"I have never welcomed the weakening of family ties by politics or pressure" - Nelson Mandela.
"He who travels for love finds a thousand miles no longer than one" - Japanese proverb.
"Everyone has the right to respect for his private and family life, his home and his correspondence." - Article 8 of the European Convention on Human Rights.
"When people's love is divided by law, it is the law that needs to change". -
David Cameron.

Friday 5 July 2013


Michael and his girlfriend met while students at Warwick University, and presents the important perspective of a young person - as we all know, many couples do meet and fall in love when they are young!

Michael also wrote the article Out of Sight, Out of Mind: The Heartlessness of the Home Secretary (link: http://www.huffingtonpost.co.uk/michael-allen/out-of-sight-out-of-mind-_2_b_2228818.html ), an excellent piece which brings together the causes of British families divided by immigration rules, the plight of LMU students, and the cause of Roseline Akhalu (previously : http://britcits.blogspot.co.uk/2013/01/the-trials-of-roseline-akhalu-httpwww.html ).

'I've been affected by two immigration rule changes: the abolition of the Tier 1 post-study work visa and the £18,600 salary limit, though I know the campaign is focused on the latter.

'My and my girlfriend's original plan was for her to stay in the UK on a post-study work visa (2 years). However, this was abolished just before she graduated (in 2012), which meant she had to return to Singapore. She did have a place on a Masters programme at Warwick, but unfortunately she didn't achieve the grades to get on it. I went over to Singapore for the summer of 2012, but had to return here for my final year of university. We have been apart for this whole year and I've only seen her for 2 weeks at Xmas. She is coming over in a few days to stay for 3 weeks (and attended the protest!), but after that she'll be gone again for probably between 6 months to 1 year. I may see her again this Xmas if I'm lucky, but my Masters is very expensive and she will be focusing on a law course in Singapore.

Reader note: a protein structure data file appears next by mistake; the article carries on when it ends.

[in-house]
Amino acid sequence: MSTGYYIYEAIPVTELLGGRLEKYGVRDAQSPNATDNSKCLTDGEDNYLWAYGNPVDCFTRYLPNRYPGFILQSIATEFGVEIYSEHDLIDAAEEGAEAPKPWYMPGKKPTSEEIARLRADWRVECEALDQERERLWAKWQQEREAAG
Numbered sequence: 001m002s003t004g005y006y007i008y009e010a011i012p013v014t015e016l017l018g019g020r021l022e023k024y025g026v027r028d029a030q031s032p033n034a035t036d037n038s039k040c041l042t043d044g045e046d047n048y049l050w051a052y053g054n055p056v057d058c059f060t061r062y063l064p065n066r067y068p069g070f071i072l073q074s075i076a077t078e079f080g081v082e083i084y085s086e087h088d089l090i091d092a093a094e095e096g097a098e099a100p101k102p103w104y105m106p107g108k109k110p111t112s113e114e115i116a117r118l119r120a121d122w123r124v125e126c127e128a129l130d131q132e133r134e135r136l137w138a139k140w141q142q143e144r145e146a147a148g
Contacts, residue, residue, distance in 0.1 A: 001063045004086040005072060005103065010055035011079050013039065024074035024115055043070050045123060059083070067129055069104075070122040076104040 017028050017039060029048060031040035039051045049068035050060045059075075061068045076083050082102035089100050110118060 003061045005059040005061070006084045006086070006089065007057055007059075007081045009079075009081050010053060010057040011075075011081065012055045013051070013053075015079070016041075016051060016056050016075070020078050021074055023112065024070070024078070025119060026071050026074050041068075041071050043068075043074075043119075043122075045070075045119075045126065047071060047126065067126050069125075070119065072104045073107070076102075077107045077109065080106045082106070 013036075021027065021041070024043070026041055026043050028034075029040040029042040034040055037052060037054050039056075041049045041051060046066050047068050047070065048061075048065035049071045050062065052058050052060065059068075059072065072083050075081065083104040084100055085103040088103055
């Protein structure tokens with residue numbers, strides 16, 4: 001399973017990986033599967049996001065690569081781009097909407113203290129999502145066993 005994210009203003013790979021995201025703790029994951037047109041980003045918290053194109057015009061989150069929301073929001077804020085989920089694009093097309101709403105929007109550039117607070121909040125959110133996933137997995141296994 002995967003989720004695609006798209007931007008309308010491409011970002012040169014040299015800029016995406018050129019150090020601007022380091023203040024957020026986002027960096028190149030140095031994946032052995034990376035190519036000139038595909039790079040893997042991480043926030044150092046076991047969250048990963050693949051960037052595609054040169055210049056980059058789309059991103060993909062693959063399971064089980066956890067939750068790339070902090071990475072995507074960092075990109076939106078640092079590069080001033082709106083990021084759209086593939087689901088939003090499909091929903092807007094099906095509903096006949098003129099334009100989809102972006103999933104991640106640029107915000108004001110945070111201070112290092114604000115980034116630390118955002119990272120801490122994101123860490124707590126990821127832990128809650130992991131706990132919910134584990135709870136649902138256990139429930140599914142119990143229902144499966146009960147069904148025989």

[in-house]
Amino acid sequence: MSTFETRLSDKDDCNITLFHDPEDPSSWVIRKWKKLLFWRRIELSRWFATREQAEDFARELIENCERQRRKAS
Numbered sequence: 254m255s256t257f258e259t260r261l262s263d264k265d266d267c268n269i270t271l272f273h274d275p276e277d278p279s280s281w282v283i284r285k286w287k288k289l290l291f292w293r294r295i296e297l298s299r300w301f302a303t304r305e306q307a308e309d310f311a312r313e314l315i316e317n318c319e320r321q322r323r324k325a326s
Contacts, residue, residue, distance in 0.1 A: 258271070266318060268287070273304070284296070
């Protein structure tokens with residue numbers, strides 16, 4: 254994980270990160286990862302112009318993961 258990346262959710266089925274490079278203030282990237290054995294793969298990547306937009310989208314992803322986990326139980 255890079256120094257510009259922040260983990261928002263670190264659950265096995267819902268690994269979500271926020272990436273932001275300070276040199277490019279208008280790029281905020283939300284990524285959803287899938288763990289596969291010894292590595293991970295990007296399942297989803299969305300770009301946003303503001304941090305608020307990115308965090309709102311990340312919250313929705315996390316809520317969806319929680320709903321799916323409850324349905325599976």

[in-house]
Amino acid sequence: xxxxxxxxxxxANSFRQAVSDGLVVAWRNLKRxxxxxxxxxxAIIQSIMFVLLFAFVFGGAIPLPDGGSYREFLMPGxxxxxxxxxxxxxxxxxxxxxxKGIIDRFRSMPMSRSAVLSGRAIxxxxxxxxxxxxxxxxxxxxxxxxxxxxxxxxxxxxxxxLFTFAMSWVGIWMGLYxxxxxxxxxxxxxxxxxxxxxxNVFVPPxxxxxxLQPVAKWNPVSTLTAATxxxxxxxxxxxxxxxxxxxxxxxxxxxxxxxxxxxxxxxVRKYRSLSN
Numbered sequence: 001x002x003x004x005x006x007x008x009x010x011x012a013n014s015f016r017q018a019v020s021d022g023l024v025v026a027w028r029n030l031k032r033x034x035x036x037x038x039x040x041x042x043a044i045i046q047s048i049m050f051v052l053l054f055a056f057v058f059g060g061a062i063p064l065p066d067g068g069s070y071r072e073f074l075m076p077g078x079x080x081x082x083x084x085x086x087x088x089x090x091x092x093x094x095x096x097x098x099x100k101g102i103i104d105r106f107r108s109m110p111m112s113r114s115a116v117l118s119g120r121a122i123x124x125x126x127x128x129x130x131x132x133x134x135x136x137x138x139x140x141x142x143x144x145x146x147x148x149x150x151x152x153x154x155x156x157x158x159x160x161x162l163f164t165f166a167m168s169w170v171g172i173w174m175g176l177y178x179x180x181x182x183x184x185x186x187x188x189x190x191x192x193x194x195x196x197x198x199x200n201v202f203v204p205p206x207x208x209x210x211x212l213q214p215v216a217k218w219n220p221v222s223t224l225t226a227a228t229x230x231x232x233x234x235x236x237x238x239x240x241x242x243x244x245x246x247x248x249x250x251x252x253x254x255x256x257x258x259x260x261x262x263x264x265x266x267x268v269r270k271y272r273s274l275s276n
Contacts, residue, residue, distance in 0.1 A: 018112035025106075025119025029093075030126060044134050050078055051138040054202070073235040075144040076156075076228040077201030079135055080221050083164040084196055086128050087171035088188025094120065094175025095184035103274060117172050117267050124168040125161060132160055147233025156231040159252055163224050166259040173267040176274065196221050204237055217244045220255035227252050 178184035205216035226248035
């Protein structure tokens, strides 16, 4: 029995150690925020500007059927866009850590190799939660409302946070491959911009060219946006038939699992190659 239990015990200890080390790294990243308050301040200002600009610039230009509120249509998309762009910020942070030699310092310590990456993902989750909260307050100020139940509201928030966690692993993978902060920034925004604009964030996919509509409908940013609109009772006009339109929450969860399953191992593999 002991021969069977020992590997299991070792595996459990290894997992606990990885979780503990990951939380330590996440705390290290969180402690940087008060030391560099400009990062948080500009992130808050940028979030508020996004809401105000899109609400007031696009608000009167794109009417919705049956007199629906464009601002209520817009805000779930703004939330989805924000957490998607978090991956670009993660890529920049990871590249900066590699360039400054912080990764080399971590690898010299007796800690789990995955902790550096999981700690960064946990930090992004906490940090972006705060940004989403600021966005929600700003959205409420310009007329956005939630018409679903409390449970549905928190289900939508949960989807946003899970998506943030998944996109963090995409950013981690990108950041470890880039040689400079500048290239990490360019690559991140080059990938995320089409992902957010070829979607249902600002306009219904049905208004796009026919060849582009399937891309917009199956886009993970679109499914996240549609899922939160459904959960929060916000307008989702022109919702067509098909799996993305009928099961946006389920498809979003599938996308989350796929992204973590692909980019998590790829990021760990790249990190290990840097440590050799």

'We discussed getting married last year so that she would be able to stay in the UK. Obviously, we are quite young (I'm 21 and she's 22), so we didn't really want to get married, but thought it was the only option if we wanted to be together, as we did see a future together (which probably would entail marriage at some point). It turned out this option wouldn't work either, due to the £18,600 salary requirement. I could have applied to high-paying graduate jobs which would have covered this, but my dream had always been to become a journalist, which required one year of extra study and I didn't want to give up on that dream.

'In terms of how I've been affected, my final year at university was almost ruined by stress and depression. I was prescribed anti-anxiety medication. Fortunately I did get the grades I needed, but every day was an uphill struggle and my productivity was never at its best. As for my girlfriend, she had to have counselling in Singapore and her internship in a law firm suffered due to her being upset all the time.

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